Mrs. Smith graduated from Dunbar High School and the old Miner Teachers College. She received a master's degree in library science at the State University of New York at Geneseo. She joined the Rochester library in the early 1960s. She retired in 1984 and moved back to the Washington in 1987.

Her husband, George Royce Smith Jr., died in 1952. Survivors include two daughters, Glenca E. Kande of Silver Spring and Gloria J. Smith of Germantown; two sons, George Royce Smith III of Boca Raton, Fla., and Gregory S. Smith of Tucson; one sister, Helen C. Cooper of Rochester; three brothers, William J. Claytor of Rochester, L. Donald Claytor of Washington and Glenn A. Claytor of Buffalo, and two grandsons.


89, a retired registered nurse with the old Freedmen's Hospital and a former VISTA volunteer, died Jan. 28 at a nursing home in Terre Haute, Ind. She had Parkinson's disease.

Mrs. Davis was born in Rockport, Tex. She moved to the Washington area in 1920. She graduated from Freedmen's Hospital School of Nursing in 1923 and joined the hospital's nursing staff.

During the 1930s she worked as a nurse in the D.C. public schools. She returned to Freedmen's in the early 1940s and worked in the hospital's tuberculosis annex before retiring for health reasons in 1945.

Mrs. Davis served in New Mexico during the early 1960s with VISTA, Volunteers in Service to America.

She was a part-time nurse in the late 1960s with the old Ionia R. Whipper Home for Unwed Mothers. She moved to Indiana in 1970.

Mrs. Davis was a member of Chi Eta Phi, a national nursing sorority, and St. George's Episcopal Church in Washington.

Her husband, Ernest James Davis, died in 1954. Survivors include one son, retired Air Force Col. Ernest J. Davis Jr. of Alexandria; two daughters, Dolly D. Hoover and Ethel D. Bell, both of Terre Haute; seven grandchildren, and five great-grandchildren.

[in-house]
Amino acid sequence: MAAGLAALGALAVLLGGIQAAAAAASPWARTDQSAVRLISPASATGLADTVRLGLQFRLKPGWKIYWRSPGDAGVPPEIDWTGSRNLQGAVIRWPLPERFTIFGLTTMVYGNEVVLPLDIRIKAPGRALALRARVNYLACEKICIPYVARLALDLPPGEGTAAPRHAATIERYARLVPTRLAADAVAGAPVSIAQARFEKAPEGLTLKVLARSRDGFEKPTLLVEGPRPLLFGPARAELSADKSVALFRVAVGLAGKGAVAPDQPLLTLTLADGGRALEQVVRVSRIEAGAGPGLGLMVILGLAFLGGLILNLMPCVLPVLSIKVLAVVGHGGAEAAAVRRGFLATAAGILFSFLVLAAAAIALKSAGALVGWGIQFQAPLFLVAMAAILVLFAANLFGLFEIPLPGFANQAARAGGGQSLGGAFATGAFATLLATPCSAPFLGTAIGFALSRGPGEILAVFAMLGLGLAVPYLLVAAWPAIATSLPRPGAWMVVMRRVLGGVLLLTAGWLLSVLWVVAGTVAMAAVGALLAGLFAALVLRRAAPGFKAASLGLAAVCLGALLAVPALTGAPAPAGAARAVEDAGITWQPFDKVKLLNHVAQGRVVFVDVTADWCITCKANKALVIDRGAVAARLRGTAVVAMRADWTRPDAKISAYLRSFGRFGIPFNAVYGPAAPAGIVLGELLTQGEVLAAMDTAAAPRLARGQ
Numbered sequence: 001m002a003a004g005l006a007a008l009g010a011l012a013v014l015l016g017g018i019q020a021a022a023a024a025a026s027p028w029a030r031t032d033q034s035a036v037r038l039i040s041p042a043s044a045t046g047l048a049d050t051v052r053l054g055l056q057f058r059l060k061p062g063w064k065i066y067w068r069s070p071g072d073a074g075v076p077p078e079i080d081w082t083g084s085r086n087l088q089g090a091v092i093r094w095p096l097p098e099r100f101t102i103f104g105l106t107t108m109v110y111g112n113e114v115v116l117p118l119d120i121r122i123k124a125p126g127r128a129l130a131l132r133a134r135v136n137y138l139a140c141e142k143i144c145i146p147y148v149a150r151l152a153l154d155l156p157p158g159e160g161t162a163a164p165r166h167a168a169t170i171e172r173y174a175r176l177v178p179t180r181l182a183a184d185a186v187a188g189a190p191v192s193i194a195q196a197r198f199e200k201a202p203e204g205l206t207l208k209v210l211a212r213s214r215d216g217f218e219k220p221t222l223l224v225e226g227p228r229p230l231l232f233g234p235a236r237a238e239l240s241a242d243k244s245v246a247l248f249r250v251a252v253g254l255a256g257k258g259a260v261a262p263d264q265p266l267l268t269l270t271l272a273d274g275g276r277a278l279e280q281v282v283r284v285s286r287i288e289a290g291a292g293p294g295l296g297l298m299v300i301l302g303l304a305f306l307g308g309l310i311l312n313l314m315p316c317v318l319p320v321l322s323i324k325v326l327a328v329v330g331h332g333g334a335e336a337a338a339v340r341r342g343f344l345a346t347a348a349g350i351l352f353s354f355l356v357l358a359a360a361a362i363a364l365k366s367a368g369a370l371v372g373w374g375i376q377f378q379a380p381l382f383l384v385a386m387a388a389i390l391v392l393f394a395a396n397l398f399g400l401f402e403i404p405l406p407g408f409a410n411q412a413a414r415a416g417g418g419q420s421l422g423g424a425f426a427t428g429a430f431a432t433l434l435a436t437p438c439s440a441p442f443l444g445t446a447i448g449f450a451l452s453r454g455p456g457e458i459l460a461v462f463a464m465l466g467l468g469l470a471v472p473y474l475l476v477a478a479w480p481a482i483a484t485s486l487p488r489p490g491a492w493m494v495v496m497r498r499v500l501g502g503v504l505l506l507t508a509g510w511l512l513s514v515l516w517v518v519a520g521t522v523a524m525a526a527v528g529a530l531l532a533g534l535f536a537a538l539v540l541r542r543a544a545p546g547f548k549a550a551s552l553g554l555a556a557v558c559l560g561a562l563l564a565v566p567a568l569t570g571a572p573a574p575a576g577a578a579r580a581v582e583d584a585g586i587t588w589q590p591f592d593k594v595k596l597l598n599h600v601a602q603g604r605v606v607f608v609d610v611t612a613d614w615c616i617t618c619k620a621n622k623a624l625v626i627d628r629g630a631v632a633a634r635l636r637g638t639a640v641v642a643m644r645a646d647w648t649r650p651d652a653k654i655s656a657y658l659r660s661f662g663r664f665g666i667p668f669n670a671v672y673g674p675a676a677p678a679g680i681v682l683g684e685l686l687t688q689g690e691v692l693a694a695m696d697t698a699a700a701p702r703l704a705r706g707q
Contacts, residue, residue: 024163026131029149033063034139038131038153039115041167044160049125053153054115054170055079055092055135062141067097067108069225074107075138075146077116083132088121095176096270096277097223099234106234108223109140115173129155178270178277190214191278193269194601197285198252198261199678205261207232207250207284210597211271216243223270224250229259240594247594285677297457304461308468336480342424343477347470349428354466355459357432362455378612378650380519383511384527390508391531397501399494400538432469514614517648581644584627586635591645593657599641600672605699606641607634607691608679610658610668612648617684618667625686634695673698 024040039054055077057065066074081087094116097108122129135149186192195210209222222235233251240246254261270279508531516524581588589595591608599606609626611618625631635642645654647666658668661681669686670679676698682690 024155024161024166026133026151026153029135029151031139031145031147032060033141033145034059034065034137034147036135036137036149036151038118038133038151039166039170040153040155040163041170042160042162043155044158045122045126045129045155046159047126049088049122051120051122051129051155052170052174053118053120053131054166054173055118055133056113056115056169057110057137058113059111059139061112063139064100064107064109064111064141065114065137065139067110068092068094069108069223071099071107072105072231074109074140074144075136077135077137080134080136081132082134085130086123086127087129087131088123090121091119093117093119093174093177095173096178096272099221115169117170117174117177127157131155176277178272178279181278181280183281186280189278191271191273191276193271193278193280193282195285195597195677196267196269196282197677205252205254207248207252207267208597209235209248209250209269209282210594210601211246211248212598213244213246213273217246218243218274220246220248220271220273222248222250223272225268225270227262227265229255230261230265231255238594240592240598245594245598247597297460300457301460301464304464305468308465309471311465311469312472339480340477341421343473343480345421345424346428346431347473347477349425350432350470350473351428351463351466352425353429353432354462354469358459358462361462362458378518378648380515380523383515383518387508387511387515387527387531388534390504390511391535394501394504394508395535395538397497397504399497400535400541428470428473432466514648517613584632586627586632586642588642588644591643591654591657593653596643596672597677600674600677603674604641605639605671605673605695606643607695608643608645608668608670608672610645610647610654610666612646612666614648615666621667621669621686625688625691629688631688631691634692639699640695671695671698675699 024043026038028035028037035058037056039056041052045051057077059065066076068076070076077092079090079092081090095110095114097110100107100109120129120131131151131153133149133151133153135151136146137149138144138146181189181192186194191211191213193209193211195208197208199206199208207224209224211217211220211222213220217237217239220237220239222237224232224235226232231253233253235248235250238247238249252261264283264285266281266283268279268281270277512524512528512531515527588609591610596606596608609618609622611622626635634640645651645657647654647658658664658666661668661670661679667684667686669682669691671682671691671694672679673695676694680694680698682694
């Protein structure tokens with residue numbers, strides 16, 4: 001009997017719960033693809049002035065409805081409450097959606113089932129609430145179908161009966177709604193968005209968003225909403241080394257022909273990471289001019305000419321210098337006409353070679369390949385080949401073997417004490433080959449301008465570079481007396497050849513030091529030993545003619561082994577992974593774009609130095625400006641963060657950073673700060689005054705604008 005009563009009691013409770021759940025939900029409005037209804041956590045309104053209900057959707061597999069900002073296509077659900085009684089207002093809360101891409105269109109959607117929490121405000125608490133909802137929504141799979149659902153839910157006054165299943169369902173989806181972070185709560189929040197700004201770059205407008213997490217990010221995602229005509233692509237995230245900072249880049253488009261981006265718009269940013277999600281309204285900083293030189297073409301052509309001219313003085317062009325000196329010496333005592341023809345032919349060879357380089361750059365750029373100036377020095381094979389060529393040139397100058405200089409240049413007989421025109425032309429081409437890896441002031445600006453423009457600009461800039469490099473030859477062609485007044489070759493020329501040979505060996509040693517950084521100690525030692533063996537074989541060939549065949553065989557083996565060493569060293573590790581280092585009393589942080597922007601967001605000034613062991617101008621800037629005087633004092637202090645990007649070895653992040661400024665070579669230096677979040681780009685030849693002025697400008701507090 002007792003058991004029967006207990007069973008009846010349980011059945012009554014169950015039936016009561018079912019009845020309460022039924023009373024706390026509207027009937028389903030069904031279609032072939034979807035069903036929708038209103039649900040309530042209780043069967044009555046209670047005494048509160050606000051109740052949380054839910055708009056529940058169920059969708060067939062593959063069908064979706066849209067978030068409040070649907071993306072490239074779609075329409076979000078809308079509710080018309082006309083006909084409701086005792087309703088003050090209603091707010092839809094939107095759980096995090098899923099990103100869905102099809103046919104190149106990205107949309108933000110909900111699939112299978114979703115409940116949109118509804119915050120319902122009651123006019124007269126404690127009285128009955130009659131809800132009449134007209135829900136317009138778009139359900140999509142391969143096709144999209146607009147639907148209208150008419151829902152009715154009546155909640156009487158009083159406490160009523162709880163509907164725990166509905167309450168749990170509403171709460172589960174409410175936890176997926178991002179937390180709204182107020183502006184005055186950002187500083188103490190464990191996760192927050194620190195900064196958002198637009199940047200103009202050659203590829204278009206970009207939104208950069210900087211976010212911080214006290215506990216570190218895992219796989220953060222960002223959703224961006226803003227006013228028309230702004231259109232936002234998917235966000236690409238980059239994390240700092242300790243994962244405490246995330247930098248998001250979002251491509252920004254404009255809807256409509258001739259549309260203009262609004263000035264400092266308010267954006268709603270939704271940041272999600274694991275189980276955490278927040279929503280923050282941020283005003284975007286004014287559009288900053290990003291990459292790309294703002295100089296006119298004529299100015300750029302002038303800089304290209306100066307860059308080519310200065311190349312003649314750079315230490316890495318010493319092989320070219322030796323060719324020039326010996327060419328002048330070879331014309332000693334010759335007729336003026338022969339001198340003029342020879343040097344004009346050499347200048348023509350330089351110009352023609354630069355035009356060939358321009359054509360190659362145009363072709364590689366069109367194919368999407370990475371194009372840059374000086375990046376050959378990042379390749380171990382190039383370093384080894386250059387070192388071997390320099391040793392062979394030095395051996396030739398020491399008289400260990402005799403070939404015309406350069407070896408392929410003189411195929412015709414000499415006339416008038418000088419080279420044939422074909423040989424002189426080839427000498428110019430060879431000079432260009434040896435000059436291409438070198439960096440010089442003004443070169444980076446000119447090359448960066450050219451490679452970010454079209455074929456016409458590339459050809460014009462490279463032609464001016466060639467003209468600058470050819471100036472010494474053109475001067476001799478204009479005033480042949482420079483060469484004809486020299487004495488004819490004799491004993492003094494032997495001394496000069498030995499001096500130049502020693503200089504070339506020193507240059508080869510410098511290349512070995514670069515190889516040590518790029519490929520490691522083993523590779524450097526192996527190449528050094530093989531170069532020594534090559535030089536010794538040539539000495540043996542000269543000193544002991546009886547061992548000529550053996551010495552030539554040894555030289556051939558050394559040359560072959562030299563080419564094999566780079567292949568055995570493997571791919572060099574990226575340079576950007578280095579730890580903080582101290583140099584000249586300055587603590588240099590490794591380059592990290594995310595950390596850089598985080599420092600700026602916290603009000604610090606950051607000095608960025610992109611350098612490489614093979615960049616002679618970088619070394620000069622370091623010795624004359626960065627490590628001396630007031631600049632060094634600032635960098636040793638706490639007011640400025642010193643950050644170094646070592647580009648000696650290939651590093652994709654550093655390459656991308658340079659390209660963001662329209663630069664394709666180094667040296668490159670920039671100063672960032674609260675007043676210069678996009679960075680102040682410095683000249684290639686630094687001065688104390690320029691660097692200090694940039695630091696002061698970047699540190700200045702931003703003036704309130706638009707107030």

73, a retired employee of the National Academy of Sciences and a member of St. Michael's Episcopal Church in McLean, died of cardiac arrest Jan. 31 at the Bethesda Naval Hospital.

Mrs. Craighill, a resident of McLean, was born in New Orleans and reared in New York City. She graduated from Barnard College. On Sept. 7, 1938, she married Robert R. Craighill, a Naval officer who retired as a rear admiral and later became an Episcopal priest.

Mrs. Craighill accompanied her husband to various Naval stations before settling in the Washington area in 1957. She worked for the Proprietary Association, a pharmaceutical organization, and then the National Academy of Sciences. She was a program supervisor in its fellowship office when she retired in 1978 with 17 years of service.

Mrs. Craighill was a member of the National Cathedral Association, the Women's Committee of the National Symphony Orchestra and the Army-Navy Country Club.

In addition to her husband, who is the assistant at St. Michael's Episcopal Church, survivors include three children, retired Army Lt. Col. Robert R. Craighill of Herndon, Navy Cmdr. John St.C. Craighill of Annapolis and Ellen C. Archer of Chevy Chase, and eight grandchildren.


87, an employee of the Library of Congress who received its Meritorious Service Award when she retired in 1975, died of cardiac arrest Jan. 28 at Georgetown University Hospital.

Mrs. Smith, a resident of Washington, was born in Baxley, Ga. She graduated from Wesleyan College in Macon, Ga., and as a young woman she taught Spanish there.

She moved to Washington in 1958 and two years later went to work for the Library of Congress. After the death of President John F. Kennedy on Nov. 22, 1963, she translated letters of condolence received by the government from Central and South America.